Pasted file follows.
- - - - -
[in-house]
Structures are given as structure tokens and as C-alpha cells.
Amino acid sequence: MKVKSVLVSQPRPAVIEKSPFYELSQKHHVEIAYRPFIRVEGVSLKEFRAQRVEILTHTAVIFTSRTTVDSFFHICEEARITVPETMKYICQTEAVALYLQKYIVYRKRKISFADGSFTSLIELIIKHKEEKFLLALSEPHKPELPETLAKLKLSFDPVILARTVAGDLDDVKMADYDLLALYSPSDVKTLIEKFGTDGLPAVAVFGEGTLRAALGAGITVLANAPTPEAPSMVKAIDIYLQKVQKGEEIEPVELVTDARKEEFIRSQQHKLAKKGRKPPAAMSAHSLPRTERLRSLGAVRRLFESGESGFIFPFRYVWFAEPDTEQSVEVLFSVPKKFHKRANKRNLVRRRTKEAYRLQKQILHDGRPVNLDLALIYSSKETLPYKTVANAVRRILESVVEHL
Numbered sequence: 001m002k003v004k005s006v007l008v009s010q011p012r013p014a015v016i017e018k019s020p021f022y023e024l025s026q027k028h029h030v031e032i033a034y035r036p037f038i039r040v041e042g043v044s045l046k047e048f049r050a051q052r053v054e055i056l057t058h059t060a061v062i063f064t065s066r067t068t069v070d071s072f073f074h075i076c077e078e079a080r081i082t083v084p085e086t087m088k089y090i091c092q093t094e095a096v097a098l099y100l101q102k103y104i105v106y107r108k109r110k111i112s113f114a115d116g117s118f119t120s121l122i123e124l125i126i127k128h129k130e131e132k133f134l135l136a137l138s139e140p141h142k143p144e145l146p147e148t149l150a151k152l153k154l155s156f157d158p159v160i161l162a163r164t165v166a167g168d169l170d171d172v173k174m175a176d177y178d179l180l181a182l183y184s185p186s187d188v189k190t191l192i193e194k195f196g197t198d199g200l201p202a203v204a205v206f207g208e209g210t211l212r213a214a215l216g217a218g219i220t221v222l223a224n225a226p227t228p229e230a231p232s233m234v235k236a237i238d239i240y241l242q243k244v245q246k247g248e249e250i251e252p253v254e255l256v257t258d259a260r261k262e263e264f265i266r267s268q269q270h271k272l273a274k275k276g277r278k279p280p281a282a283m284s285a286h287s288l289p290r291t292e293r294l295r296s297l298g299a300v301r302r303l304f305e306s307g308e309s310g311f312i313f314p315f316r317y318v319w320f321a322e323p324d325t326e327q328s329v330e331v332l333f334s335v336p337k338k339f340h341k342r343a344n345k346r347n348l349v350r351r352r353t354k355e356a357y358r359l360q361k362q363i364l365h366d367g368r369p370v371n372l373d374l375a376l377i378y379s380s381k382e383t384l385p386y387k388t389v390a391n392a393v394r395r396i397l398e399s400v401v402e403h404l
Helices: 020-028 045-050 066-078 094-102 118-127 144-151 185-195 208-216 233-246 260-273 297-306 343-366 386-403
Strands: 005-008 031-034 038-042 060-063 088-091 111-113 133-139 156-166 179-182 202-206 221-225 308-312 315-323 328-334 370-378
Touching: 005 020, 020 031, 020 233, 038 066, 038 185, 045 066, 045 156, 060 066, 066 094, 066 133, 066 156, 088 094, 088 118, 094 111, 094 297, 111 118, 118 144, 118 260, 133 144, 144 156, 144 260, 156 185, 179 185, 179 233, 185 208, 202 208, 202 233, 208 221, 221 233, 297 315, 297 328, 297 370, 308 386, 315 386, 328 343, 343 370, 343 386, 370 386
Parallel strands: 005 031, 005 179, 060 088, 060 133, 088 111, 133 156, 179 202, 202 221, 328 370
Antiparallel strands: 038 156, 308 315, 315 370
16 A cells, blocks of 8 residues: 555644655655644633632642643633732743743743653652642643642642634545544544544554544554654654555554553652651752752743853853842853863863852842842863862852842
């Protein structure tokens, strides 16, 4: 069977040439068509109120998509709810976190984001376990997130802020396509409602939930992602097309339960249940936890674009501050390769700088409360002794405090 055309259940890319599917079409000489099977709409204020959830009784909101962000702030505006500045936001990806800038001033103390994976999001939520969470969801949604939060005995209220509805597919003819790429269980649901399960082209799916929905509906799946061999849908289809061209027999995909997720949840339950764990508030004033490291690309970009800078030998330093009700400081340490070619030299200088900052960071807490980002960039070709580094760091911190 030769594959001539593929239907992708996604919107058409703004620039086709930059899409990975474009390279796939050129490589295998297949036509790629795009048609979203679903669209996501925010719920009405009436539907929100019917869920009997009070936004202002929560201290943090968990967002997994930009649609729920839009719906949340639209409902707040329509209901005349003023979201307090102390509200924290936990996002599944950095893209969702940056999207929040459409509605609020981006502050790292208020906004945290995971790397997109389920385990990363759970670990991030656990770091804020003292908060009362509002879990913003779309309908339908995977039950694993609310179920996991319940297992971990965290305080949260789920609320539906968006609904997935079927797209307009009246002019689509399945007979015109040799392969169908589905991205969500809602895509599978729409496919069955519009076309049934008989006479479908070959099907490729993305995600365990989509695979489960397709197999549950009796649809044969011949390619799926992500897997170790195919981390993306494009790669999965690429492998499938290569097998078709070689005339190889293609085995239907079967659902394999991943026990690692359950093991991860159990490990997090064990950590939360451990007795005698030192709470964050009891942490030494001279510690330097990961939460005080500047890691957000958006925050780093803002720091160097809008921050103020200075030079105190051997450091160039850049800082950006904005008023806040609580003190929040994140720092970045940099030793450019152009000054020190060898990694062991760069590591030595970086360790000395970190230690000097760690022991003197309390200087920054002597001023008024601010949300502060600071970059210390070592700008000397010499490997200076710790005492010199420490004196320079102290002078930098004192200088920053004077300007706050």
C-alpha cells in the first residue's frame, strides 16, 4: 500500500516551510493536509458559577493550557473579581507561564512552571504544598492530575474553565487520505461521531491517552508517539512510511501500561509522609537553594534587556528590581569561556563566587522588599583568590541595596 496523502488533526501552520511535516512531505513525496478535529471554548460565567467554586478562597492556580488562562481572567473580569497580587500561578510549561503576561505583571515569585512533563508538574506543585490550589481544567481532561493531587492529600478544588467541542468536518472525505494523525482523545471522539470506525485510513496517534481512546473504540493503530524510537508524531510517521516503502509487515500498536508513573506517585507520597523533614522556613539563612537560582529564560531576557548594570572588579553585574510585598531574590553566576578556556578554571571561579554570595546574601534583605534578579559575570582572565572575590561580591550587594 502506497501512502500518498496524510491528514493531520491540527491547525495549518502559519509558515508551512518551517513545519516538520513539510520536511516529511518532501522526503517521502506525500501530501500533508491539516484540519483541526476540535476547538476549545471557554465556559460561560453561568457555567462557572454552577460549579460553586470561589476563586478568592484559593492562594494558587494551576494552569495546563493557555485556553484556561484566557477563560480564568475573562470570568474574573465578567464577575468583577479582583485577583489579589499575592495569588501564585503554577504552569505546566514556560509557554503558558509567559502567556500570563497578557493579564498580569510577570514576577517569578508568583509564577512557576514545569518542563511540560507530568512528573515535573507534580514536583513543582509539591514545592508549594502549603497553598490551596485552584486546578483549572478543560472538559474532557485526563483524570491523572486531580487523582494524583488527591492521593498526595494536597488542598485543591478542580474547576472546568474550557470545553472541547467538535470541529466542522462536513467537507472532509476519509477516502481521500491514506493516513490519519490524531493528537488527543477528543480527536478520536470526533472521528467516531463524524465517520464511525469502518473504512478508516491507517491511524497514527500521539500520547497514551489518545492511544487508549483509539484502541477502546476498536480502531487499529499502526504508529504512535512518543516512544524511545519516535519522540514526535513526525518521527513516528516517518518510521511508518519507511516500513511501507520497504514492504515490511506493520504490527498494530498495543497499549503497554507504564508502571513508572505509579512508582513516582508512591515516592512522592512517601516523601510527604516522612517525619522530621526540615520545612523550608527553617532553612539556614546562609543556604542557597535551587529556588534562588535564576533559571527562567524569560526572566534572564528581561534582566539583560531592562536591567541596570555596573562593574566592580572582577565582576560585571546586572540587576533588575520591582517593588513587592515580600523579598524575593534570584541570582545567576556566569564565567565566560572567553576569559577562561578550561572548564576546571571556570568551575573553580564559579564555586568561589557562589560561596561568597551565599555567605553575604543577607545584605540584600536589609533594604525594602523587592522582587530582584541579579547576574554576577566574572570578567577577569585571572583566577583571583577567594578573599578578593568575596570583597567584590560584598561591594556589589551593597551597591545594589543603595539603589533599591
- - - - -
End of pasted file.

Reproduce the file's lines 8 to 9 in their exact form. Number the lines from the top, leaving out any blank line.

Parallel strands: 005 031, 005 179, 060 088, 060 133, 088 111, 133 156, 179 202, 202 221, 328 370
Antiparallel strands: 038 156, 308 315, 315 370